What is the best time of year to go fishing in Iceland?
As you can see, the best time of year to go fishing in Iceland depends on the species you are targeting. You want to plan your trip around the type of fish you want.
Spring to early summer is the best time to go as that is when most fish are in season.
Are there any restrictions on fishing in Iceland?
Yes, there are restrictions when fishing in Iceland. Here are some of the most common restrictions you should know.
Always ask an Icelander if you have any questions about a specific fishing area in the country to avoid breaking any laws.
Catch-and-Release: Many of Iceland's rivers and lakes are catch-and-release only. This means you cannot keep the fish you catch. Instead, you will have to release them back into the water.
Size Limits: Different types of fish will have different size limits. This means you can only keep a fish that falls in the legal weight and size range.
This ranges per fish, so you want to research this before heading to the water.
Closed Seasons: Fishing is not allowed during certain times of the year, depending on the type of fish. This is designed to protect the fish during their spawning season, so the surplus will never be low.
Gear Restrictions: There are gear restrictions on different types of fish, depending on where you are going. This rule was created to help reduce the negative impact on the fish and their habitat.
Always check local regulations before fishing, as many of these rules are put in place to help protect the species of fish. You can do this by visiting fishing stores or local government offices during your trip.
Different Types of Fishing in Iceland
There are several different types of fishing available in Iceland, each with its own unique challenges and rewards. Here are some of the most popular types of fishing in Iceland.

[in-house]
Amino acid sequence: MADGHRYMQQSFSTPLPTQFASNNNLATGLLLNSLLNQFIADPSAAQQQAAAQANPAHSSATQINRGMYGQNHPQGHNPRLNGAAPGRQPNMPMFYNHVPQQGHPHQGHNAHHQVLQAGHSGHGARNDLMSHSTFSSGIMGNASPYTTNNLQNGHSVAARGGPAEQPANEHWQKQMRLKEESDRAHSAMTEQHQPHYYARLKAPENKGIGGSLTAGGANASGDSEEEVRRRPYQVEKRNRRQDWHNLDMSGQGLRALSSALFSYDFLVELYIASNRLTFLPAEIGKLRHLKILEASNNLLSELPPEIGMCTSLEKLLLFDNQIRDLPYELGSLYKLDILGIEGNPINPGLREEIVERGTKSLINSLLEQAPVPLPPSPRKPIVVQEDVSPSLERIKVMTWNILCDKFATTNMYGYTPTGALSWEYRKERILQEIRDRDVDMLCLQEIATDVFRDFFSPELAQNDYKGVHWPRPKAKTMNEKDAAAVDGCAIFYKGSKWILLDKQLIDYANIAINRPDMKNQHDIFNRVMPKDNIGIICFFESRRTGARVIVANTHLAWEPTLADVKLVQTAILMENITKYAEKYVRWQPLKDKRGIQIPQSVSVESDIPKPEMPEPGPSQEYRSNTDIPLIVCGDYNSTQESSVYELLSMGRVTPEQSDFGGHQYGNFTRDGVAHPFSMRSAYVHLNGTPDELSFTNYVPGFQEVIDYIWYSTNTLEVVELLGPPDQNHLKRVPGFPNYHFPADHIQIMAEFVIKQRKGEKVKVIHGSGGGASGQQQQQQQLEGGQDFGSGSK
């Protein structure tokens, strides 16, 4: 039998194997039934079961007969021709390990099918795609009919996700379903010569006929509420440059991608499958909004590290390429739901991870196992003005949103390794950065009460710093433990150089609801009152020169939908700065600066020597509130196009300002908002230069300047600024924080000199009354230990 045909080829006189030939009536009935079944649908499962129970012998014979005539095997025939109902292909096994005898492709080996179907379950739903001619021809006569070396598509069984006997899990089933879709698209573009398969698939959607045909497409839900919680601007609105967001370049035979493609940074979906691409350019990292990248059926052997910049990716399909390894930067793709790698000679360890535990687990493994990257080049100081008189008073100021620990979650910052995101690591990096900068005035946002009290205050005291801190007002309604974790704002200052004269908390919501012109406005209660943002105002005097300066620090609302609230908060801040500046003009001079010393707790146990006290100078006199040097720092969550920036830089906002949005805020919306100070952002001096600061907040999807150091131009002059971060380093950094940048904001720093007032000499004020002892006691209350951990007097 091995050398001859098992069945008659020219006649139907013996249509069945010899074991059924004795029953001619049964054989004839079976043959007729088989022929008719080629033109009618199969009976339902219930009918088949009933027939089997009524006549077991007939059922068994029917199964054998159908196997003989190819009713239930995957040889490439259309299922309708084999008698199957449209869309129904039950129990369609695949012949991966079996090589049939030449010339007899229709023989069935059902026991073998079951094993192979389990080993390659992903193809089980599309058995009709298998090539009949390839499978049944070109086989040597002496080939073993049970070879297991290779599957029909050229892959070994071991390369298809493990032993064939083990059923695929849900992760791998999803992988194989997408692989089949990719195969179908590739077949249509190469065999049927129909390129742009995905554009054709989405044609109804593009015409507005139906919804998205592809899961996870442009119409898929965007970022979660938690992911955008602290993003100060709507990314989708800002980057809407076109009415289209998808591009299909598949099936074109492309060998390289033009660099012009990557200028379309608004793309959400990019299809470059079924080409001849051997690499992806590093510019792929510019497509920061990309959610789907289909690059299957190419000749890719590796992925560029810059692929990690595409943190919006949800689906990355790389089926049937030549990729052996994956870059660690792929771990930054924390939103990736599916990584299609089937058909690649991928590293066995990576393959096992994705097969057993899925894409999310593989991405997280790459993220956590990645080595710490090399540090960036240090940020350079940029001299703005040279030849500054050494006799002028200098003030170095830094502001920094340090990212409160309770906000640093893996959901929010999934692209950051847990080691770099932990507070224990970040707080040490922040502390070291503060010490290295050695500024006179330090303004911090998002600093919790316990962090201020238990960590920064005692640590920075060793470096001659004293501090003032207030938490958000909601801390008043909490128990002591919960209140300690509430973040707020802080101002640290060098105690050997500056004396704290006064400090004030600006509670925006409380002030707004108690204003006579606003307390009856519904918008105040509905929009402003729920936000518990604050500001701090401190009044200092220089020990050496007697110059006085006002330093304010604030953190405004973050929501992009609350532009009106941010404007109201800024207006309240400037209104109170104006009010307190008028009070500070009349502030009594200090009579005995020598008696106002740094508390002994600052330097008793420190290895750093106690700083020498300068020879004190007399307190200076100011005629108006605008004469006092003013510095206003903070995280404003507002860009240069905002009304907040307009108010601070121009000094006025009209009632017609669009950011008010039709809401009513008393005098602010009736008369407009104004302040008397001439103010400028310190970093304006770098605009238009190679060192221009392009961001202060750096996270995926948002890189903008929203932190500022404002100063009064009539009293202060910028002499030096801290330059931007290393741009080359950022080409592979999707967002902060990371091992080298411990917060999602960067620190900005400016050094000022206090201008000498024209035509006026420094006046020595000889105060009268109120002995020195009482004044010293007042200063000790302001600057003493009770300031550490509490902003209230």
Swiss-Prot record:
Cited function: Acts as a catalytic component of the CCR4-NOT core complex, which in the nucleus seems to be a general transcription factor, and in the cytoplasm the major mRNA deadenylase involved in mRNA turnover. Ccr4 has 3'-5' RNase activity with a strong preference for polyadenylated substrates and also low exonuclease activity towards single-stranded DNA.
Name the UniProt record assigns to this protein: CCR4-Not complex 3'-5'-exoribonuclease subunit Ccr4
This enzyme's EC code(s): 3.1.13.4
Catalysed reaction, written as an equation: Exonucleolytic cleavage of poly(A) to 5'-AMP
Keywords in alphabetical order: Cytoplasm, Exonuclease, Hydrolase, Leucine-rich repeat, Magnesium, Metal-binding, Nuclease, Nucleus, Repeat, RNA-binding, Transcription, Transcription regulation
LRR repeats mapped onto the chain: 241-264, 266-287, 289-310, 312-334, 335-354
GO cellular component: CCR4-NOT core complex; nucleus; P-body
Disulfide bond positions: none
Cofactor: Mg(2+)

Rod fishing is doable in Iceland, but there are a few rules you will have to follow for freshwater fishing. If you are planning on rod fishing from the shore, check local signs on fishing rules.
Rod Fishing is only legal for 12 hours per day during the season. You can fish anytime from 7:00 AM until sunset.
If you are traveling to Iceland in winter, you can take part in Ice Fishing. Iceland's lakes and rivers freeze over, making them accessible for ice fishing.
When Ice fishing, you will drill a hole in the ice and drop a line with bait into the water. It is not an easy way to fish and only experienced fishermen should attempt this in Iceland.
It usually takes specialized equipment to break through the ice, such as an ice auger. You will also need a warm shelter due to Iceland’s climate.
If you are looking to catch salmon or trout, Iceland’s river fishing may be for you. Iceland is famous for its salmon and trout rivers, which attract fishermen from all over the world.
You will walk through the river and cast your line for a chance to catch your own. It is important to note that many of Iceland's rivers are catch and release, so be sure to ask before attempting. Other rivers allow limited harvesting of fish.
Lake Fishing is another great option for fishermen in Iceland. Here you can commonly catch trout and char. You can fish in a lake either right from the shore or take one of the many boat tours.
Fly fishing is a popular way of fishing in Iceland. It involves using a fly, which is artificial bait made from feathers, fur, and other materials. You will attach the bait on the end of a line to catch fish.
Many of Iceland's rivers and lakes are known for their excellent fly fishing opportunities, especially for trout and salmon. Chances are you will see a lot of locals and visitors fishing this way.
Sea fishing is common in Iceland and this is where many of those fresh fish dinners come from. The country's waters are rich in fish, including cod, haddock, and halibut.
Where To Fish in Iceland
As you can tell, certain fish are found in certain areas throughout the country. Here are some different bodies of water where fishing is common.
Rivers: Iceland is famous for its salmon and trout rivers, including the Laxa in Adaldal, the Thvera, and the Blanda.
Lakes: Iceland’s small lakes are ideal for trout fishing. Some popular areas you can trout fish at are Lake Laugarvatn and Lake Myvatn.
Sea Fishing: A lot of Iceland’s fish come from the deep sea since the country is surrounded by it! These waters are populated with cod, haddock, and halibut.